Straight, No Chaser: This is Specifically For the Faint of Heart
Don’t faints seem mysterious? It’s as if your computer crashed and had to reboot. Although we never seemingly figure out why computers are so crazy, fainting (syncope) is reducible to a common denominator: something causes a decrease in blood flow to your brain. Recall that oxygen and other needed nutrients are carried in blood, so even a temporary stoppage or shortage of blood flow shuts things down. Now extrapolate that to strokes and comas, which are often due to serious and prolonged causes of blockage to the blood vessels supplying the brain. This is a prime example of why good blood flow and good health are so important. The brain is a highly efficient, oxygen and energy-guzzling organ. Shut it down for even a few seconds, and bad things start to happen. Consider fainting a warning sign.
I’m going to start by offering some Quick Tips to help if you find yourself around someone who has fainted. Then, I will get into the weeds of why these things happen for those interested. I’m doing this so you can check these and determine where your risks may be.
- Call 911. Make sure the person is still breathing and has a pulse. If not, start CPR.
- Loosen clothing, especially around the neck.
- Elevate the legs above the level of the chest.
- If the fainter vomited, turn him/her to the side to help avoid choking and food going down the airway (aspiration).
- A diabetic may have been given instructions to eat or drink something if s/he feels as if s/he is going to faint. If you know this, a faint would be a good time to administer any glucose gel or supplies advised by a physician. Prompt treatment of low blood sugar reactions is a life-saver. Discuss and coordinate how you can perform this effort on behalf of your friends and family with their physicians.
- If it’s possible that the faint is part of some heat emergency (heat exhaustion or heat stroke), follow these steps to save a life (click here).
Actually, faints are caused by all kinds of medical problems. I list a few notable causes below, but whether the front end difficulty is with the heart pumping, the nerves conducting, or the content of oxygen or energy being delivered, the end result is the same.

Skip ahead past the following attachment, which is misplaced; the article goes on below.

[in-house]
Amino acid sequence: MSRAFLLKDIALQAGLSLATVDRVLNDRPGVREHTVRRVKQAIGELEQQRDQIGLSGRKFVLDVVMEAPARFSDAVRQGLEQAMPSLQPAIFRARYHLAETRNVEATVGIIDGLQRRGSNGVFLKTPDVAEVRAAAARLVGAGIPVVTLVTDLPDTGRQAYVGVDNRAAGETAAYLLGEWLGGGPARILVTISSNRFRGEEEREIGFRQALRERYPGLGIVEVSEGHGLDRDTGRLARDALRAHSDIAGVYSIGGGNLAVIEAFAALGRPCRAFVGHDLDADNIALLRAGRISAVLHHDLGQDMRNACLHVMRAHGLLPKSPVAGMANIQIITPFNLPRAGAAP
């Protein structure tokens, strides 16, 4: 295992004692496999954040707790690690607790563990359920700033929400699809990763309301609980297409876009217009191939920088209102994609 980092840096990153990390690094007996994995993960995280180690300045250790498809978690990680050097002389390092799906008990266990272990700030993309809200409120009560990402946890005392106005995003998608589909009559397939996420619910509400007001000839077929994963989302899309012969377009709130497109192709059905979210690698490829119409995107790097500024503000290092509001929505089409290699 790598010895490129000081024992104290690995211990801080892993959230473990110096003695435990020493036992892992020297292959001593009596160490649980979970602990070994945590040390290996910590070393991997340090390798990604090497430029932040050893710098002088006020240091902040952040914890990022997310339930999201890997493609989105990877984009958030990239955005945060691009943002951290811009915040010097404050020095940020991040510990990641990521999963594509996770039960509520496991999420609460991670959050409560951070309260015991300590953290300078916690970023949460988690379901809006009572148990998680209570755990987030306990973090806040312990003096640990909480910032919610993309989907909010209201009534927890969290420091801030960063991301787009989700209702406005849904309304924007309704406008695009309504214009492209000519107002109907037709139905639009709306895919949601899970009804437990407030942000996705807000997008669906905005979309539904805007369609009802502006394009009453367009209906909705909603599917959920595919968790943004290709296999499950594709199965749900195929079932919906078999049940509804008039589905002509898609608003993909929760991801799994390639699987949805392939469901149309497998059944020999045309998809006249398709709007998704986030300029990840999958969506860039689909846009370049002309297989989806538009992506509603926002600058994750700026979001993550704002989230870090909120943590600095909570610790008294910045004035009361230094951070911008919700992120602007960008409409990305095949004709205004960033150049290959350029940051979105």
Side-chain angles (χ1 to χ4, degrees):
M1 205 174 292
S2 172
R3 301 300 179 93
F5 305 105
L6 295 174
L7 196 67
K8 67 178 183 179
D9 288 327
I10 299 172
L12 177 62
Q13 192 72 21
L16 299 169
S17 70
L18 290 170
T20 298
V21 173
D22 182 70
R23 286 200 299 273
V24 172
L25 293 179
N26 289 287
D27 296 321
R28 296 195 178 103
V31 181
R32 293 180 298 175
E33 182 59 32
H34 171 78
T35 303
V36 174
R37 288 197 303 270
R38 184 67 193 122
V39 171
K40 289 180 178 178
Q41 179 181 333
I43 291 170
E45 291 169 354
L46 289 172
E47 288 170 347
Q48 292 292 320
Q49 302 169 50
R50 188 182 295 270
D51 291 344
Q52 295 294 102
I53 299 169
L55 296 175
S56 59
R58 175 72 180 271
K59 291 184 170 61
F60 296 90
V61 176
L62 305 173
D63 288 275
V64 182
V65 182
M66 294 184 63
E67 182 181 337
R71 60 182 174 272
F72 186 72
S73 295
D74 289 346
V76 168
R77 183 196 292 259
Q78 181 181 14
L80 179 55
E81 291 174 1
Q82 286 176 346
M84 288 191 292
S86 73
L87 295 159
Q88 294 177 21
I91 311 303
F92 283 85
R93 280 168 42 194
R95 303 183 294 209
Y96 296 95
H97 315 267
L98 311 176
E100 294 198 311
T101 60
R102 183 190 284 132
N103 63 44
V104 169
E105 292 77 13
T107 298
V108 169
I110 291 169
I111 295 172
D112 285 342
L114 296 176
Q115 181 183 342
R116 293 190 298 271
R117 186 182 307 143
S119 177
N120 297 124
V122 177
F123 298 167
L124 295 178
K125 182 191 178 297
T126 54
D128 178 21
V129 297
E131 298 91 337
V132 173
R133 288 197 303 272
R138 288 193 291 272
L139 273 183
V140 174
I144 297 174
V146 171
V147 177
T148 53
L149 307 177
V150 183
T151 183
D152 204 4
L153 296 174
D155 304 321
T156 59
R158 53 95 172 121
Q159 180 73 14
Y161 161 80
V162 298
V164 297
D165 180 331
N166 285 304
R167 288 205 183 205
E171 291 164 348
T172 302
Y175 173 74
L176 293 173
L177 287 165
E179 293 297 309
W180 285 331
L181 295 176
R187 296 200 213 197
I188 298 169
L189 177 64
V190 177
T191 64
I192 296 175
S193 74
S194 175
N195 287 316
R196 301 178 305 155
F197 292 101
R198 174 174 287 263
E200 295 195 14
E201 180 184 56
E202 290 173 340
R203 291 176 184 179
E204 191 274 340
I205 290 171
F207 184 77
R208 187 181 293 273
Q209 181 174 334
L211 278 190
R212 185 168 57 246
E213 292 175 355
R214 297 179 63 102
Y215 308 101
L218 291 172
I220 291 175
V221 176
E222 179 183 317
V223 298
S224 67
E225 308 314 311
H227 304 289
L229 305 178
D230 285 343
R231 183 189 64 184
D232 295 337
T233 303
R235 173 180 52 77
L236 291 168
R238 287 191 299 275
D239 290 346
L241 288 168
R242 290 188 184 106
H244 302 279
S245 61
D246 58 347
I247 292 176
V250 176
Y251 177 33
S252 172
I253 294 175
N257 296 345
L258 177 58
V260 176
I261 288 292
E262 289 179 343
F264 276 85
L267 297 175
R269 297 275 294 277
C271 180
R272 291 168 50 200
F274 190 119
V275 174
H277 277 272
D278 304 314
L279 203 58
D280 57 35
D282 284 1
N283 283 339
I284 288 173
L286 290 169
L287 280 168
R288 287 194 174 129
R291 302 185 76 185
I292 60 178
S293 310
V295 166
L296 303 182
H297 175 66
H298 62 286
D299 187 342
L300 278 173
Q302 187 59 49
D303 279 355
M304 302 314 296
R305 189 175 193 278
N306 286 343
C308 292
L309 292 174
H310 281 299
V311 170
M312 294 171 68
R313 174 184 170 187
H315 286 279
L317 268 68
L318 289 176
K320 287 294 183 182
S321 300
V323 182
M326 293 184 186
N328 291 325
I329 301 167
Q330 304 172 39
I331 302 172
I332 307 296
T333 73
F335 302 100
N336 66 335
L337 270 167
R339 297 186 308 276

- Decreased nerve tone (vasovagal syncope): This is the most common cause of faints, and contrary to what you might think, it happens more often in kids and young adults than in the elderly. Understand that your nerves actually regulate blood flow (analogous to a train conductor telling the heart to speed up or pump harder or not). Changes in nerve tone can result in errant signals being sent, transiently resulting in low flow.
- Diseases and conditions that affect the nervous system and/or ability to regulate blood pressure: Alcoholism, dehydration, diabetes and malnutrition are conditions that may depress the nervous system. Alternatively, coughing, having a bowel movement (especially if straining) and urination may abnormally stimulate the system. In the elderly and those bedridden, simply standing can cause fainting due to difficulty regulating blood pressure. In this case, standing causes a sharp drop in blood pressure.
- Anemia: A deficiency in blood cells can lead to a deficiency in oxygen delivery to the brain.
- Arrhythmias (irregular heart beats): Inefficiency in your heartbeat leads to unstable delivery of blood to the brain.
- Low blood sugar (hypoglycemia): Low energy states can deplete the body of what it needs to operate effectively, leading to low blood flow.
- Medications (especially those treating high blood pressure): anything that lowers the heart’s ability to vigorously pump blood around the body can leave the brain inadequately supplied, leading to a blackout. Let’s include illicit drugs and alcohol in this category.
- Panic attacks: Hyperventilation caused by anxiety and panic upset the balance between oxygen and carbon dioxide in the brain, which can lead to fainting spells.
- Seizures: Here’s a chicken and egg scenario. A prolonged faint can lead to a seizure, and seizures lead to periods of unconsciousness, during and after the seizure. The lack of oxygen is a common denominator.